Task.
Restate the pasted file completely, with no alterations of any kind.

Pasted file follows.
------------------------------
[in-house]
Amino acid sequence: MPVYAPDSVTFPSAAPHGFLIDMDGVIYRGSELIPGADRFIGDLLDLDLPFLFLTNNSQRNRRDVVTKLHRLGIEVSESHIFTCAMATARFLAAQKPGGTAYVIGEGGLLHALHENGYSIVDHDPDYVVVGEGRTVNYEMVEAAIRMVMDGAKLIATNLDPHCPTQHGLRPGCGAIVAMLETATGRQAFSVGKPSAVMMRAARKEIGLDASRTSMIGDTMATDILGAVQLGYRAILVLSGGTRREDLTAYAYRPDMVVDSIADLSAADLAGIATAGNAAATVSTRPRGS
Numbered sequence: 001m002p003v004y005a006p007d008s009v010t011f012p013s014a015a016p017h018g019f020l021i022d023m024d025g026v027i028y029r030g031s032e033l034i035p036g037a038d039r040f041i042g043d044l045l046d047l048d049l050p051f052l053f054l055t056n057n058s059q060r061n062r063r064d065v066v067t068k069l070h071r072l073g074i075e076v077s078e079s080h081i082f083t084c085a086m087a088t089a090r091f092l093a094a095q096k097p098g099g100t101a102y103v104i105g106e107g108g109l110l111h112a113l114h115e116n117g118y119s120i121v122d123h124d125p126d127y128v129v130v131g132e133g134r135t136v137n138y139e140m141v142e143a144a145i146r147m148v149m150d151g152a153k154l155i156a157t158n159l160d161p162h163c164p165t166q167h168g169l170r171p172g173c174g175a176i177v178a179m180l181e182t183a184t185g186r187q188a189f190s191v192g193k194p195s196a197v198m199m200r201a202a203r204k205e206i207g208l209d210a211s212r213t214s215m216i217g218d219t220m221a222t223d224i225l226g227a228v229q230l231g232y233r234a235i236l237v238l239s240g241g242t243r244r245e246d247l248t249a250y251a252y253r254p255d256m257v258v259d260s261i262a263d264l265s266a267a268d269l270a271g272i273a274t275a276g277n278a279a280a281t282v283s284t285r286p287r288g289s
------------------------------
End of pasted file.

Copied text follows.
[in-house]
Amino acid sequence: MPVYAPDSVTFPSAAPHGFLIDMDGVIYRGSELIPGADRFIGDLLDLDLPFLFLTNNSQRNRRDVVTKLHRLGIEVSESHIFTCAMATARFLAAQKPGGTAYVIGEGGLLHALHENGYSIVDHDPDYVVVGEGRTVNYEMVEAAIRMVMDGAKLIATNLDPHCPTQHGLRPGCGAIVAMLETATGRQAFSVGKPSAVMMRAARKEIGLDASRTSMIGDTMATDILGAVQLGYRAILVLSGGTRREDLTAYAYRPDMVVDSIADLSAADLAGIATAGNAAATVSTRPRGS
Numbered sequence: 001m002p003v004y005a006p007d008s009v010t011f012p013s014a015a016p017h018g019f020l021i022d023m024d025g026v027i028y029r030g031s032e033l034i035p036g037a038d039r040f041i042g043d044l045l046d047l048d049l050p051f052l053f054l055t056n057n058s059q060r061n062r063r064d065v066v067t068k069l070h071r072l073g074i075e076v077s078e079s080h081i082f083t084c085a086m087a088t089a090r091f092l093a094a095q096k097p098g099g100t101a102y103v104i105g106e107g108g109l110l111h112a113l114h115e116n117g118y119s120i121v122d123h124d125p126d127y128v129v130v131g132e133g134r135t136v137n138y139e140m141v142e143a144a145i146r147m148v149m150d151g152a153k154l155i156a157t158n159l160d161p162h163c164p165t166q167h168g169l170r171p172g173c174g175a176i177v178a179m180l181e182t183a184t185g186r187q188a189f190s191v192g193k194p195s196a197v198m199m200r201a202a203r204k205e206i207g208l209d210a211s212r213t214s215m216i217g218d219t220m221a222t223d224i225l226g227a228v229q230l231g232y233r234a235i236l237v238l239s240g241g242t243r244r245e246d247l248t249a250y251a252y253r254p255d256m257v258v259d260s261i262a263d264l265s266a267a268d269l270a271g272i273a274t275a276g277n278a279a280a281t282v283s284t285r286p287r288g289s